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QUESTION: What are the benefits and risks of combining atypical antipsychotics with atypical or conventional antipsychcotics in schizophrenia?
Systematic review with narrative synthesis.
Studies were identified using Medline and hand searches of key articles, book chapters and bibliographies (search date not specified).
Randomised trials, prospective observational studies and retrospective chart reviews published in English were eligible if they (1) compared combinations of atypical antipsychotic drugs with other atypical or conventional antipsychotics in schizophrenia; and (2) allowed an estimate of treatment response based on rating scales of psychopathology. 9 studies were identified with sample sizes ranging from 5 to 57. 2 were randomised trials, 6 were prospective observational studies and 1 was a retrospective chart review.
Data were extracted on study type, antipsychotic combinations, dosage, outcome measures, number of participants and adverse effects. Main outcomes were response to treatment and adverse effects.
There is some empirical support for augmenting clozapine with more “tightly bound” D2 receptor antagonists such as risperidone. Studies were small and of limited rigour, however. The risks of augmentation have not been investigated systematically. There is little evidence about the benefits and harms of other combination regimens. The authors found no cost effectiveness analyses.
There is limited empirical evidence for the efficacy and safety of combining antipsychotics in schizophrenia.
Antipsychotics are commonly combined, although cross-sectional surveys overestimate the prevalence because they include people receiving two antipsychotics while transferring from one to another.1 The risks of combining antipsychotics have recently been reviewed in detail, but evidence is still limited.2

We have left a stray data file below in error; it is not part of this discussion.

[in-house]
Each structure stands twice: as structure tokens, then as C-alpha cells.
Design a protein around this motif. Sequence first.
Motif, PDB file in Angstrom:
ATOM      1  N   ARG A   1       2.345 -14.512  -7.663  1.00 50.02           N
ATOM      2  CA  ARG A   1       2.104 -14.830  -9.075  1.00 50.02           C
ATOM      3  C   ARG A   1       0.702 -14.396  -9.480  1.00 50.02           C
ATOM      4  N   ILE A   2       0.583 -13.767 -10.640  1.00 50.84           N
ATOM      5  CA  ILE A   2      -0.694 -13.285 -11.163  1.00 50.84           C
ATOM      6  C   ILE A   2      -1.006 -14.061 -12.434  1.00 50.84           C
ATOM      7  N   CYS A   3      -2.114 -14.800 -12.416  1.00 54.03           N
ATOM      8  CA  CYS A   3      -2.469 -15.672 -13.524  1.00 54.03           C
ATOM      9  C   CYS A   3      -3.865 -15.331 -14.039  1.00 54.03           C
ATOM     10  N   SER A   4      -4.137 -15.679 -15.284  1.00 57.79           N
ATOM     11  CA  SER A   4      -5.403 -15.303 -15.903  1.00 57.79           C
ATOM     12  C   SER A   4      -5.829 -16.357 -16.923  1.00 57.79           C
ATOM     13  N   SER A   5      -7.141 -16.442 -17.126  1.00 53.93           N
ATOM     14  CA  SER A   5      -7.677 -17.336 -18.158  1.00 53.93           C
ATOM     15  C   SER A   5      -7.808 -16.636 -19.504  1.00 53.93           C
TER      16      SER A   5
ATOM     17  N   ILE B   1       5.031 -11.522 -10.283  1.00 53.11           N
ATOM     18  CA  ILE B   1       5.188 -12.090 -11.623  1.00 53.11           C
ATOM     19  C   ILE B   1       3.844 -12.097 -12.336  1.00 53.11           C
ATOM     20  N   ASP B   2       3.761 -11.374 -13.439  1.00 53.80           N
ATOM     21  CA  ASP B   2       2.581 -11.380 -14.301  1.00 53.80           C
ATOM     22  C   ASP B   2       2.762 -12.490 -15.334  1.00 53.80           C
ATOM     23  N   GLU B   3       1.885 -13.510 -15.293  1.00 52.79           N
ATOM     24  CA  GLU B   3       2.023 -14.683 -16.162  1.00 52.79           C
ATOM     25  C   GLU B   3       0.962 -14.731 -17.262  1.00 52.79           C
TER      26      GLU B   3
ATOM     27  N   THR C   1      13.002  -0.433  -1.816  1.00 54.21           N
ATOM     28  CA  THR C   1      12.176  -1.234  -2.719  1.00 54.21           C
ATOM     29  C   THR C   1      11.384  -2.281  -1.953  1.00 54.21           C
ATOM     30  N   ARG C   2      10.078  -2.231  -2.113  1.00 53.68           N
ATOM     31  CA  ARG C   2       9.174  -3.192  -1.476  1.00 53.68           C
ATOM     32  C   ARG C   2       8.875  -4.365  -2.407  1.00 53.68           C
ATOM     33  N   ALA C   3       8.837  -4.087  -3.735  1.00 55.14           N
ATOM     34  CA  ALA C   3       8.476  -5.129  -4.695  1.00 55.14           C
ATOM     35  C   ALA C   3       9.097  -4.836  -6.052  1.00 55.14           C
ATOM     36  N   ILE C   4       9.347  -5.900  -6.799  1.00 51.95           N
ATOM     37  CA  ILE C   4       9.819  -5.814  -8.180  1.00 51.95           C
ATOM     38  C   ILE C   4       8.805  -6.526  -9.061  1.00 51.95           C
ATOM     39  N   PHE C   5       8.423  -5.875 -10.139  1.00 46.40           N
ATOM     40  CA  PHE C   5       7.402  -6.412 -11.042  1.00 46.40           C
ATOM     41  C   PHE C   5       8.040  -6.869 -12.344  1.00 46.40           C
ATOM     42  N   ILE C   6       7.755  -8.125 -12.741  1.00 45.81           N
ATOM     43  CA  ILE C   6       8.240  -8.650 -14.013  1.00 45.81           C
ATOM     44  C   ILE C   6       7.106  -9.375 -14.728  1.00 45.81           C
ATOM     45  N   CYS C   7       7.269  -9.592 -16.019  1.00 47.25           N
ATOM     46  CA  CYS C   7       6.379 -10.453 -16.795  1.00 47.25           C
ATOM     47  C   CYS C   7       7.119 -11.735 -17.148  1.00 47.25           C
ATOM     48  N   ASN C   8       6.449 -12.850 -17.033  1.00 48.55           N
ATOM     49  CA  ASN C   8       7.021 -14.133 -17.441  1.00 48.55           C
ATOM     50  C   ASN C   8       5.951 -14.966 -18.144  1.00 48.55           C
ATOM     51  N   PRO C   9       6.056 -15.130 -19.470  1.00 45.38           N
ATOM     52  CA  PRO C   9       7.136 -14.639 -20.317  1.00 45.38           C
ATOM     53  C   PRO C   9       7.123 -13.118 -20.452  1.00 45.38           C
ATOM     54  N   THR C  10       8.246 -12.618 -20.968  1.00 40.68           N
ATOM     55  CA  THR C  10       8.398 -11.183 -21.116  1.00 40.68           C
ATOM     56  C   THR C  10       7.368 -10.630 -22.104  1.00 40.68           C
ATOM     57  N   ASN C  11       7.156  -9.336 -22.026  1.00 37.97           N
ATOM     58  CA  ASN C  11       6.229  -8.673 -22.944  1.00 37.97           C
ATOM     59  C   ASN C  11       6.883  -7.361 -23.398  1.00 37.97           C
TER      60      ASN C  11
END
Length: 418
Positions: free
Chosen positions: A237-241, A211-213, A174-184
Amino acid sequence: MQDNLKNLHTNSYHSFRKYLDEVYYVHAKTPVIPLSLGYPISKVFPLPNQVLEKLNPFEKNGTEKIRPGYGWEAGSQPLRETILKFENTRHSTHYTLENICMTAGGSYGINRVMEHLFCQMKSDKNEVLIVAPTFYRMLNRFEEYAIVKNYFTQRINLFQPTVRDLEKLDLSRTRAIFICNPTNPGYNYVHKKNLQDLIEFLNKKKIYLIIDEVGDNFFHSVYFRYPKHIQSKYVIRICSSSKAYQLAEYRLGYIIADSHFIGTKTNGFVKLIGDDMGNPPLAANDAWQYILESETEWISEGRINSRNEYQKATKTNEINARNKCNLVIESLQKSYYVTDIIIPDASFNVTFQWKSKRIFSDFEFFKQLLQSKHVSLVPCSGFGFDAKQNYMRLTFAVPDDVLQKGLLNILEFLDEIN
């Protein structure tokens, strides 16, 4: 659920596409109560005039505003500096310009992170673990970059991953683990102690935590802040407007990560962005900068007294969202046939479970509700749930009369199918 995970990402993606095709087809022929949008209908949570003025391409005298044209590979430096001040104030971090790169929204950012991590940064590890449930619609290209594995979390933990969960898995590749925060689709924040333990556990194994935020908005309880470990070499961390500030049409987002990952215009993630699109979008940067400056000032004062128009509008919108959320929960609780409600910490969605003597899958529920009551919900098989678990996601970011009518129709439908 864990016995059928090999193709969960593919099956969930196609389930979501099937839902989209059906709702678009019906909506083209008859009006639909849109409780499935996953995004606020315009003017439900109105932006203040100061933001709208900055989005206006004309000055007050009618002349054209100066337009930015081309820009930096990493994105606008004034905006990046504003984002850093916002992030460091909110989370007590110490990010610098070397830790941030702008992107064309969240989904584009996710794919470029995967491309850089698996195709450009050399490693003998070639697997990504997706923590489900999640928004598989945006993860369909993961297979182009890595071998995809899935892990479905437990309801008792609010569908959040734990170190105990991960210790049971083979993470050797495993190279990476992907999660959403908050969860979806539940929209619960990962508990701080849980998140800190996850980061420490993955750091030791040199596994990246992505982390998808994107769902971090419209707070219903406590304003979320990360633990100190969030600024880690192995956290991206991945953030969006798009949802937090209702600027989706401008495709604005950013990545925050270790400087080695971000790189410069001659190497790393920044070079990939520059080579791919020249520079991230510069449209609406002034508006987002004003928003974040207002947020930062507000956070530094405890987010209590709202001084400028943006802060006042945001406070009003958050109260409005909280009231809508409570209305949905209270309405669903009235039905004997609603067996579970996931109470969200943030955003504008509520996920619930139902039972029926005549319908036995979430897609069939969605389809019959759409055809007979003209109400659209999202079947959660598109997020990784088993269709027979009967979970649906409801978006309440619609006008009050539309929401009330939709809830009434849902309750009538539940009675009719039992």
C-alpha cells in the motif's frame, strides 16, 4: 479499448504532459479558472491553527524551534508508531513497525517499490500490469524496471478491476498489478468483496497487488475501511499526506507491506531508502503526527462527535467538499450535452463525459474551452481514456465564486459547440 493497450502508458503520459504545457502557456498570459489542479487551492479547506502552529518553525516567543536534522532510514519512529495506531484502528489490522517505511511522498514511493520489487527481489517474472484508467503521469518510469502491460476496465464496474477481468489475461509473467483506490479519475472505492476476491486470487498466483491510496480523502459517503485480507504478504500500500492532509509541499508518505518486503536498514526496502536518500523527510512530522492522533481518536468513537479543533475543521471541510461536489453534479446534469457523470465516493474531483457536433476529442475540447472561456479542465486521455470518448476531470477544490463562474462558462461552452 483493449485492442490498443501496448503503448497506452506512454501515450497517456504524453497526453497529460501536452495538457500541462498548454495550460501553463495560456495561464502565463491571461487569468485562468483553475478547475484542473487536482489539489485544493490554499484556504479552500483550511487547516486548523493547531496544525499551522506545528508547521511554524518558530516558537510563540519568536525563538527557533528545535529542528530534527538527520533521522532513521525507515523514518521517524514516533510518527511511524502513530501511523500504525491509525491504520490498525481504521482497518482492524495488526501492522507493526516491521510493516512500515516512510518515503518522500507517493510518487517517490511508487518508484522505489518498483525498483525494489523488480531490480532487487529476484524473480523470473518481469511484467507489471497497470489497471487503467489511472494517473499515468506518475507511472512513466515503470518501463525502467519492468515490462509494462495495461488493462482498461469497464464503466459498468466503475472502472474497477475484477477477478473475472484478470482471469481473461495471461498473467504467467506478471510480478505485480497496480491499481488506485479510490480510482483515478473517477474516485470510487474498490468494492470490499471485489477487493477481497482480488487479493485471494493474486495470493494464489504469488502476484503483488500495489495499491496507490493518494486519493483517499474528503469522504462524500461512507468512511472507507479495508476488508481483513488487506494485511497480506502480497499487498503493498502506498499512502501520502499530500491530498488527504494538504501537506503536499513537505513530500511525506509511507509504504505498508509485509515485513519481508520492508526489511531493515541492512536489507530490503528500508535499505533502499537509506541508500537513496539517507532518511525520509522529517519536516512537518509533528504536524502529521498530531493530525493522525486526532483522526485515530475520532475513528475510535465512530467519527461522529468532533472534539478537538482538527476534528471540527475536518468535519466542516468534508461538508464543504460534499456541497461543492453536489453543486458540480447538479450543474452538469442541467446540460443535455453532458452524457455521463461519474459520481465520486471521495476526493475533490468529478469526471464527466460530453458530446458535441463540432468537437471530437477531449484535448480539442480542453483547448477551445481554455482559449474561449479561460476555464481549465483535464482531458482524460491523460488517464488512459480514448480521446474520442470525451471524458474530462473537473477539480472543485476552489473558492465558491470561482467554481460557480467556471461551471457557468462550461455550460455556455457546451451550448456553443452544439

The pharmacological rationale for combining antipsychotics is based on assumptions about complementary mechanisms of action. We may hypothesise that compounds that bind less tightly to D2 dopamine receptors (eg clozapine and quetiapine) become more effective when a strong D2 blocker is added. This could be tested using PET imaging of brain D2 dopamine receptor occupancy. An unanswered question is to what degree the use of such augmenting agents reintroduces the risk of EPS and tardive dyskinesia.
Given the variety of antipsychotics with a spectrum of adverse effect profiles, it may be possible to choose a partial replacement for a drug that is effective for a given individual, but which has tolerability or adverse effect problems at therapeutic doses. In general, however, clinicians prefer to substitute another antipsychotic with different adverse effects. Trying an alternate monotherapy is usually the wisest choice. For those who do not do well on alternate monotherapies, however, a combination which includes low doses of the efficacious but problematic antipsychotic may be reasonable. There are presently no studies to guide implementation of this approach, other than one where quetiapine partially substituted for clozapine.3
There is a tendency to believe that the widespread use of combination antipsychotics must mean that they work better than any monotherapy for some people. Aside from the case of augmentation of clozapine, however, this is arguable. As noted by Freudenreich et al, research in this area is sorely needed, but difficult to do well. While awaiting further evidence, clinicians need to consider the best interests of their patients. They can do so by first trying reasonable antipsychotic monotherapies, including clozapine, and by using combination antipsychotics only after finding that each component of the combination is inadequate without the other.
For correspondence: O Freudenreich, MGH Schizophrenia Program, Freedom Trail Clinic, Boston.
Source of funding: None specified.
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